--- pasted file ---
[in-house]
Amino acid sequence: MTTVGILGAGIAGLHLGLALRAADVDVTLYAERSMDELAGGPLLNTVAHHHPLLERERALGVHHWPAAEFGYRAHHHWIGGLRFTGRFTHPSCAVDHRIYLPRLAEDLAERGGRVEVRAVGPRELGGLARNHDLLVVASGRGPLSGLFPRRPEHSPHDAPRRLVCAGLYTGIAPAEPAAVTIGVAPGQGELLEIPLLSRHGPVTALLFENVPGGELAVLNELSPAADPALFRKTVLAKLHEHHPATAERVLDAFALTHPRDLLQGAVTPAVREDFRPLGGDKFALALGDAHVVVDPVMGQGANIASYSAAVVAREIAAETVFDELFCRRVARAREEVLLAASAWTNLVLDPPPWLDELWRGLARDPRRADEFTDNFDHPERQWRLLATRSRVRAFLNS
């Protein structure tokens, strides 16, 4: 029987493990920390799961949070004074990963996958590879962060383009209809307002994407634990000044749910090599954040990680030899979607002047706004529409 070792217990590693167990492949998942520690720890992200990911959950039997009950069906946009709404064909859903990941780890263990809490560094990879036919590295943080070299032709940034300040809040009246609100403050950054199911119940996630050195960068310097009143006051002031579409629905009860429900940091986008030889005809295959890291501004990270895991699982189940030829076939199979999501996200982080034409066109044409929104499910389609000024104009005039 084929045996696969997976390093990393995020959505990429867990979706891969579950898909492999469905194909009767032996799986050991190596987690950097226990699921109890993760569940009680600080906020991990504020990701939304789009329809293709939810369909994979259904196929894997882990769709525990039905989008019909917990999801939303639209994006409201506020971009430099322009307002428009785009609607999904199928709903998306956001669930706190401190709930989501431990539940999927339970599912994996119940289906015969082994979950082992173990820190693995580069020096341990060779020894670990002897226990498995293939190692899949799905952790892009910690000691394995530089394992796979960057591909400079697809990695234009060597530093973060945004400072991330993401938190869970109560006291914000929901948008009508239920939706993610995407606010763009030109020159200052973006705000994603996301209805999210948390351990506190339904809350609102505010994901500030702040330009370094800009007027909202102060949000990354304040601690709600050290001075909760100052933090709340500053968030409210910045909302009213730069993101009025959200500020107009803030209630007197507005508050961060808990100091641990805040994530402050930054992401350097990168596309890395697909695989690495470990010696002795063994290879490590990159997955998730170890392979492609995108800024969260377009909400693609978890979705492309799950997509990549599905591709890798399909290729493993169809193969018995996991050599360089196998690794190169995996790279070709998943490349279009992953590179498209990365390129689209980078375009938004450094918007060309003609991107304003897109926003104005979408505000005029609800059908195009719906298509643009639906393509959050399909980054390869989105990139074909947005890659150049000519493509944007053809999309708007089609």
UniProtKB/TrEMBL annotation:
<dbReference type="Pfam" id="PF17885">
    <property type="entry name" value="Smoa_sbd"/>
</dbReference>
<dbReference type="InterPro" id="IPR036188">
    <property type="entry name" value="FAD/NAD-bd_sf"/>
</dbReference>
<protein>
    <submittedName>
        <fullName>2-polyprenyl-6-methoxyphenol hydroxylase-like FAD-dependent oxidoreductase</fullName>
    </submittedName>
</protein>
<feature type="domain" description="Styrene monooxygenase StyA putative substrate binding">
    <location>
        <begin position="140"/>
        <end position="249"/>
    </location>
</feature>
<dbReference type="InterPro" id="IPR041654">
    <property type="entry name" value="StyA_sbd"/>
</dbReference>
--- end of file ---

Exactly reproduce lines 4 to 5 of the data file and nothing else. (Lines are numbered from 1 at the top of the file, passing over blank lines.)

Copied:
UniProtKB/TrEMBL annotation:
<dbReference type="Pfam" id="PF17885">